2) Consider low cost counseling resources.  At A New Day Counseling we have interns who can meet with folks for $10 a session.  Sometimes asking your employer or human resources department about counseling resources may help, there may be an Employee Assistance Program available. Addendum: Sunnyside Counseling here in Portland also has interns who can provide care for $25 a session.  If you know of other counselors who provide sliding fee scale or discounted rates, feel free to comment below.  Your church may also be willing to help defray the cost of counseling for a limited number of sessions, ask your pastor or church leader if that’s a possibility.

Consider pastoral or lay counseling or coaching. Some churches provide free or low cost counseling and/or coaching and mentoring.  You may not need counseling.  I like to describe the difference between coaching and counseling this way.  Coaching can be like a personal trainer at the gym.  The help you set goals, encourage and push you to go from good to great or okay to good.  Counselors use many of the same tools and techniques but they can be more like a physical therapist.  They help you with goals and problem-solving but they also focus on repair, treatment, therapy and healing a problem.  Coaches tend to focus on the present and future. Counselors do that but they also explore the past more, as needed.  I’ve been trained both as a counselor and a coach.

Consider peer and group support.  I didn’t say enough about this in the Periscope video!  Some insurance plans or medical groups may not provide counseling weekly or at all but they may have groups for treatment or support.  Three A few other types of groups I didn’t mention are Celebrate Recovery, NAMI, Griefshare, DivorceCare, For Men Only and Refuge groups locally.  There are also groups for dealing with pornography and sexual addiction locally.  There are twelve step groups for alcoholism, codependency, drug addiction, overeating.  All can be beneficial and offer support; one of the hardest things about making change or struggling with emotional and relationship issues is feeling isolated and alone.  Groups help and I often recommend groups for my clients who I meet with in addition to meeting with me.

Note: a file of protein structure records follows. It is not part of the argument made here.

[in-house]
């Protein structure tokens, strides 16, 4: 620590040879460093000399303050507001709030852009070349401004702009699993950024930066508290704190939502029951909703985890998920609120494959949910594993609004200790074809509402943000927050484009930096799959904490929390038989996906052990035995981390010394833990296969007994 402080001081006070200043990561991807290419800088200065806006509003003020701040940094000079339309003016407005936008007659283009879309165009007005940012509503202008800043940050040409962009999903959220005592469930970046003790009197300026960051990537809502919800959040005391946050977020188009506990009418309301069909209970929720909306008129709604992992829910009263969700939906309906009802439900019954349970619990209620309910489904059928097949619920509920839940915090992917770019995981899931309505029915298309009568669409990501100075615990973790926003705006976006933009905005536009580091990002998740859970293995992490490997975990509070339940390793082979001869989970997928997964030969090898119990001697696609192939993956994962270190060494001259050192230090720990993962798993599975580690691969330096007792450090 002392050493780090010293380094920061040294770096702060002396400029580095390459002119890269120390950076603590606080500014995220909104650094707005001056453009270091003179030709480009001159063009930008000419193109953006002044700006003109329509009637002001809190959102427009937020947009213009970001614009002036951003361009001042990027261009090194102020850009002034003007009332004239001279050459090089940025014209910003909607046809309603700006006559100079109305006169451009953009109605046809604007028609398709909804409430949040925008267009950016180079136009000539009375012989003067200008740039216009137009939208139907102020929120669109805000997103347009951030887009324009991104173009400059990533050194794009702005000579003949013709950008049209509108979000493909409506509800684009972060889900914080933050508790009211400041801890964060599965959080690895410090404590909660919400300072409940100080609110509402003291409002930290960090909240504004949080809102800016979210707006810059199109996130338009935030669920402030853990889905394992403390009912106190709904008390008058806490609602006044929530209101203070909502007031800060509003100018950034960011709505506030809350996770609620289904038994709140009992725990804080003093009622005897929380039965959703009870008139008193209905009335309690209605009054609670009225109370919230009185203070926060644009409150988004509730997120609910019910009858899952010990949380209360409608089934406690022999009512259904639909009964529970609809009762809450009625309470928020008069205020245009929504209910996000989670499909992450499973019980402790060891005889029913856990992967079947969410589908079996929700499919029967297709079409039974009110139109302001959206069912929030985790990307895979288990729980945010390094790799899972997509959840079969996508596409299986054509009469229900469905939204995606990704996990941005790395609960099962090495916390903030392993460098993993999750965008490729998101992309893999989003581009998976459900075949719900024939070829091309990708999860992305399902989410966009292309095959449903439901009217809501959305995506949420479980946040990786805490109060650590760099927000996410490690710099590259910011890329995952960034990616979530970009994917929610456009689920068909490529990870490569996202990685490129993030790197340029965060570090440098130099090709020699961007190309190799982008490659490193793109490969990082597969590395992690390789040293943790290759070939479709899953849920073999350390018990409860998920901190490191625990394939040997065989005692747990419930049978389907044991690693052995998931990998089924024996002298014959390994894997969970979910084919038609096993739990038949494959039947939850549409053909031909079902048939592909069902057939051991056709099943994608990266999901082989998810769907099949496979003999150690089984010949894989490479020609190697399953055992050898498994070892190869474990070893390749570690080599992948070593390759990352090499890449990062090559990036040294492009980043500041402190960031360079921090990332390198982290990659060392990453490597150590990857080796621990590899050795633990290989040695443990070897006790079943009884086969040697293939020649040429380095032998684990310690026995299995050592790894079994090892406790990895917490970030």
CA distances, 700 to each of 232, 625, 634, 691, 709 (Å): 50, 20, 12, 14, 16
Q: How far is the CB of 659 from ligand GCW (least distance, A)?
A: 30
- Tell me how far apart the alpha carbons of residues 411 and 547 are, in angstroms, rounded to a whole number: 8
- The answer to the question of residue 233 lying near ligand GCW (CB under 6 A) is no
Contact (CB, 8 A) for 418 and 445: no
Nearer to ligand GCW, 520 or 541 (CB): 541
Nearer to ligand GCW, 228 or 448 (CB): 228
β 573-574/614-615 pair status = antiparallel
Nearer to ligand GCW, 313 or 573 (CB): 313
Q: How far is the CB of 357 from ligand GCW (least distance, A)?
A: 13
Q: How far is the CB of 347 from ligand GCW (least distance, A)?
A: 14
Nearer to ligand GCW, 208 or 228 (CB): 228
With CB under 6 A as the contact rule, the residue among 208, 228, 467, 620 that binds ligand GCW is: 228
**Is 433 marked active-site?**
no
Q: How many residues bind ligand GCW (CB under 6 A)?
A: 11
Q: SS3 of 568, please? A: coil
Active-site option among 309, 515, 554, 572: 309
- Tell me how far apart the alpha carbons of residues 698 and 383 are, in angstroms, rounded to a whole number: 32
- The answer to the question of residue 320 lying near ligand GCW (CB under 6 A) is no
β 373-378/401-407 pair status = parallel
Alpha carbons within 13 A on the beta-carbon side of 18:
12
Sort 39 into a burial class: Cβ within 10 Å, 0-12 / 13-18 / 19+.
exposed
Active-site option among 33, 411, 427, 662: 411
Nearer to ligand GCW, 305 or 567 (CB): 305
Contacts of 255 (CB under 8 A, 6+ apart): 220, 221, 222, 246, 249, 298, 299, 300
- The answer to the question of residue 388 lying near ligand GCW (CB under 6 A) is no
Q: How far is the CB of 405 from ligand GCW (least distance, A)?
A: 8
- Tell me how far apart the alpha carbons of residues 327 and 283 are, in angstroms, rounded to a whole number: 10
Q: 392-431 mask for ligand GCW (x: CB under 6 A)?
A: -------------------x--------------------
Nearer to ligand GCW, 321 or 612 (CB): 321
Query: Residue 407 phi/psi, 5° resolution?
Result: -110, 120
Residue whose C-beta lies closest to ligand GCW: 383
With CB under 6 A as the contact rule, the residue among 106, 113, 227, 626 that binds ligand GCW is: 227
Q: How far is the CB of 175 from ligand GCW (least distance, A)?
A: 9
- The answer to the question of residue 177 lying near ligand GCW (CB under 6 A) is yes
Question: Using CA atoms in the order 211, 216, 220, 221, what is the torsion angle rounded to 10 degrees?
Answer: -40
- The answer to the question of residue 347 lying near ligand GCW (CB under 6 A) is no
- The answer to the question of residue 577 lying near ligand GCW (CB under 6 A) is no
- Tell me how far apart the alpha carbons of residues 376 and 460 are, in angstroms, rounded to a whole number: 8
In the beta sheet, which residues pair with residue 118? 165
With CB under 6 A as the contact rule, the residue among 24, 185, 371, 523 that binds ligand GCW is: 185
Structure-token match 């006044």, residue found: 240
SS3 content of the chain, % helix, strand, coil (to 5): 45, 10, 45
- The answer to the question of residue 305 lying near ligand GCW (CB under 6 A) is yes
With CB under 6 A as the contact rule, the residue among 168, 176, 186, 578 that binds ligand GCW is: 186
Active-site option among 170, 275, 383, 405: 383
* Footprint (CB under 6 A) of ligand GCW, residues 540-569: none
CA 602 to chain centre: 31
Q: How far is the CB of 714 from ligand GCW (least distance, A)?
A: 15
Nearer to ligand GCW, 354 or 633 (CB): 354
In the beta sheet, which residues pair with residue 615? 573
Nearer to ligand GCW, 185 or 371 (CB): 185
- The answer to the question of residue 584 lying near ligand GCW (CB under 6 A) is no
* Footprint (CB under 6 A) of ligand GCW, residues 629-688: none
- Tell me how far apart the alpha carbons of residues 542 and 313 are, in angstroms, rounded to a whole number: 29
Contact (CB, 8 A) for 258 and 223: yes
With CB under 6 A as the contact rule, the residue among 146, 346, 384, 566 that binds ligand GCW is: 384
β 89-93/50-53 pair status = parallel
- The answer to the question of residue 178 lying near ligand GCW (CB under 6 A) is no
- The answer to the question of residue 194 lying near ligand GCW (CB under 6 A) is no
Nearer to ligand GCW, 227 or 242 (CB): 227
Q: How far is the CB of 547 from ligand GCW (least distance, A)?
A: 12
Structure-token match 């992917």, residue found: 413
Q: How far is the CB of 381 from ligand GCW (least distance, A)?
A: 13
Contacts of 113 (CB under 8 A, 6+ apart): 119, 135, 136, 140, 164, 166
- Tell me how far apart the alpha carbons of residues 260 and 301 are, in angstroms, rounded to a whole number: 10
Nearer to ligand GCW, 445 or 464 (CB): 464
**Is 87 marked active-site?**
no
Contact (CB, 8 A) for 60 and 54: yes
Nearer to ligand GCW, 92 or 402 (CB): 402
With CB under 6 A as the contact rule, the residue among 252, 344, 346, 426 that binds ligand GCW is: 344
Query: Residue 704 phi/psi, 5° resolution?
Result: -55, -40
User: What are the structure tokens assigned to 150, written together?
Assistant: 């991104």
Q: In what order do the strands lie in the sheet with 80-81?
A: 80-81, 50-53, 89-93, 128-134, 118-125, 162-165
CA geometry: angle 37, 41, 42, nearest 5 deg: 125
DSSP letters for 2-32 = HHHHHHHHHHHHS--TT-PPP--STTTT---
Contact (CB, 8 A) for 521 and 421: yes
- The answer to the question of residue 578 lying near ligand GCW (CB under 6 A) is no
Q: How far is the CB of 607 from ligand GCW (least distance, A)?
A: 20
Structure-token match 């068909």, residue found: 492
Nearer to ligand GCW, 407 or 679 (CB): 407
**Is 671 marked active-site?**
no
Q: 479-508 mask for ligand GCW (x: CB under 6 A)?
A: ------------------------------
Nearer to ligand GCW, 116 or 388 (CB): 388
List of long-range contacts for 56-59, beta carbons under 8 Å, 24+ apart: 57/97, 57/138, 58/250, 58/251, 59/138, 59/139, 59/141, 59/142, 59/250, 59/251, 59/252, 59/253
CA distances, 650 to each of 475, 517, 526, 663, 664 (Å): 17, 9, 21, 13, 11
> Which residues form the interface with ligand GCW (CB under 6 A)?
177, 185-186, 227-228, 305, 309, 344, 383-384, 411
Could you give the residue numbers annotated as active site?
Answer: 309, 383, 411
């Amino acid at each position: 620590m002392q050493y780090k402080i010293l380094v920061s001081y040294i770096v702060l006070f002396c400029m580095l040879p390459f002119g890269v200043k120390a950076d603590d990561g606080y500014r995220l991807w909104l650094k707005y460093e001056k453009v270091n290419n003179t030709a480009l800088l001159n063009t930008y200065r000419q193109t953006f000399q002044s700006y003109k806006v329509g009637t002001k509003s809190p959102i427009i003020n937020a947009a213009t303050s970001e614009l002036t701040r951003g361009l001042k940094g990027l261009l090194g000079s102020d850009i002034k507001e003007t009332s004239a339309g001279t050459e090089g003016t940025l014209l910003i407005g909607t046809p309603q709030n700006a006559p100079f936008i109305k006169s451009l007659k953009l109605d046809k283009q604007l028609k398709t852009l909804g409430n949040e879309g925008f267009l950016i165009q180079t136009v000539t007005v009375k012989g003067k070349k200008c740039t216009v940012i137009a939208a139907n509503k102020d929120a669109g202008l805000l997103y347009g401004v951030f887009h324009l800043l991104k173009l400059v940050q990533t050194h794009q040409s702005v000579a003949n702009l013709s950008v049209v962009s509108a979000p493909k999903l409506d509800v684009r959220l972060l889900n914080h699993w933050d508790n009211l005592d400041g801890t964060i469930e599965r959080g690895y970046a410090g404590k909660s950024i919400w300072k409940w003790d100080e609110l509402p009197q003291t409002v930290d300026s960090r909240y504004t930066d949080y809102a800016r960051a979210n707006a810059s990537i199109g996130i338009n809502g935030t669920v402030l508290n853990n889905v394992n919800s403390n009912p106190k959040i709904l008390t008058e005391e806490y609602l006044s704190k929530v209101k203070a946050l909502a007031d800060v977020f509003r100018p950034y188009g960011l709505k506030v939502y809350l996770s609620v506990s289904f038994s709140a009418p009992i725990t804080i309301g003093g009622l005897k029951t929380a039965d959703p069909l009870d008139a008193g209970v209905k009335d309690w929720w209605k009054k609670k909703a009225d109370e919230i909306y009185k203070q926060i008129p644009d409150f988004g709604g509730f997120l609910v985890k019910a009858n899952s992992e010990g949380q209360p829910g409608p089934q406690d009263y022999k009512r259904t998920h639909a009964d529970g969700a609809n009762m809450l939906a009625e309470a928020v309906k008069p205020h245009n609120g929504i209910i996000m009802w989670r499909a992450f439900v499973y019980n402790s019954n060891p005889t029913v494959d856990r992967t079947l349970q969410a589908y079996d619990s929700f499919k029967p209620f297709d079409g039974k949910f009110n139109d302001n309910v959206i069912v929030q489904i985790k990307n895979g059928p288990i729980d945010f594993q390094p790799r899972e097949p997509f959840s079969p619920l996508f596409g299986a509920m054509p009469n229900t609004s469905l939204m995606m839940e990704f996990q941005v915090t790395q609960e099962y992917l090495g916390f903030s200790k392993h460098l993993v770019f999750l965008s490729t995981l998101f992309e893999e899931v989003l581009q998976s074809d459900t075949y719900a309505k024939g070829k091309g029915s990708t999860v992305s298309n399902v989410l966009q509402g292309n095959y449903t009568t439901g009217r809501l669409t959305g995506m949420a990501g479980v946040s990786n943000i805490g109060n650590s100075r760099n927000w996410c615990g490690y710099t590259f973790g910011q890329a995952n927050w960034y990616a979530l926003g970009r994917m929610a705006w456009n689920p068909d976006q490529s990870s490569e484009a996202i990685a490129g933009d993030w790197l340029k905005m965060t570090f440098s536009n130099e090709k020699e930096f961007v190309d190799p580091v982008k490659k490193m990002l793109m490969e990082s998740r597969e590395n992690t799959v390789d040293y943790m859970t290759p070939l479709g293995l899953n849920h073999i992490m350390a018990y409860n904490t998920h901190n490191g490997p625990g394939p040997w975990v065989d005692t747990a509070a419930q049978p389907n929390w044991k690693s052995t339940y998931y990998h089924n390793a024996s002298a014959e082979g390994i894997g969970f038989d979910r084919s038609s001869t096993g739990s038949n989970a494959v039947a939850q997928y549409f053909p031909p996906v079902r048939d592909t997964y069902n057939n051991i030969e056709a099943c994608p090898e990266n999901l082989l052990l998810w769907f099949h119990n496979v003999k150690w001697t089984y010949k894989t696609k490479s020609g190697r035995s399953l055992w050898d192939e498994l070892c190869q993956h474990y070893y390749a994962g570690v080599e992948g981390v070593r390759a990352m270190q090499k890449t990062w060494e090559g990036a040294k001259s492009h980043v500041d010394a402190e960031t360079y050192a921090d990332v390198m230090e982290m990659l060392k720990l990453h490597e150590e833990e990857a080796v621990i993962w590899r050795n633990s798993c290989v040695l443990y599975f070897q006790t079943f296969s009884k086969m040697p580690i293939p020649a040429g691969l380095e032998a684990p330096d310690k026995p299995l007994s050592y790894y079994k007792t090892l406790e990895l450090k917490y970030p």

3) Consider meeting with your primary care provider for a medical evaluation for anxiety or depression.  They may recommend a trial prescription for medication that may be helpful for what you are experiencing.

Your insurance plan may also provide online resources that can help with mental health topics.  If you are a Kaiser member, there are self-help resources to learn more about the Mind Body connection, the process of change and improving communication.  There are also support programs for Stress, Overcoming Depression, Overcoming Insomnia. There are guided imagery and relaxation podcasts that can help you with anxiety, pain and insomnia.  You can also call the Health Coach team to enroll in free coaching for stress management.  Some Kaiser members use health coaching to supplement their counseling. They get additional support on the phone between their office appointments with their mental health providers.  If you don’t have KP insurnace may provide similar resources: groups, online resources, online coaching or phone coaching.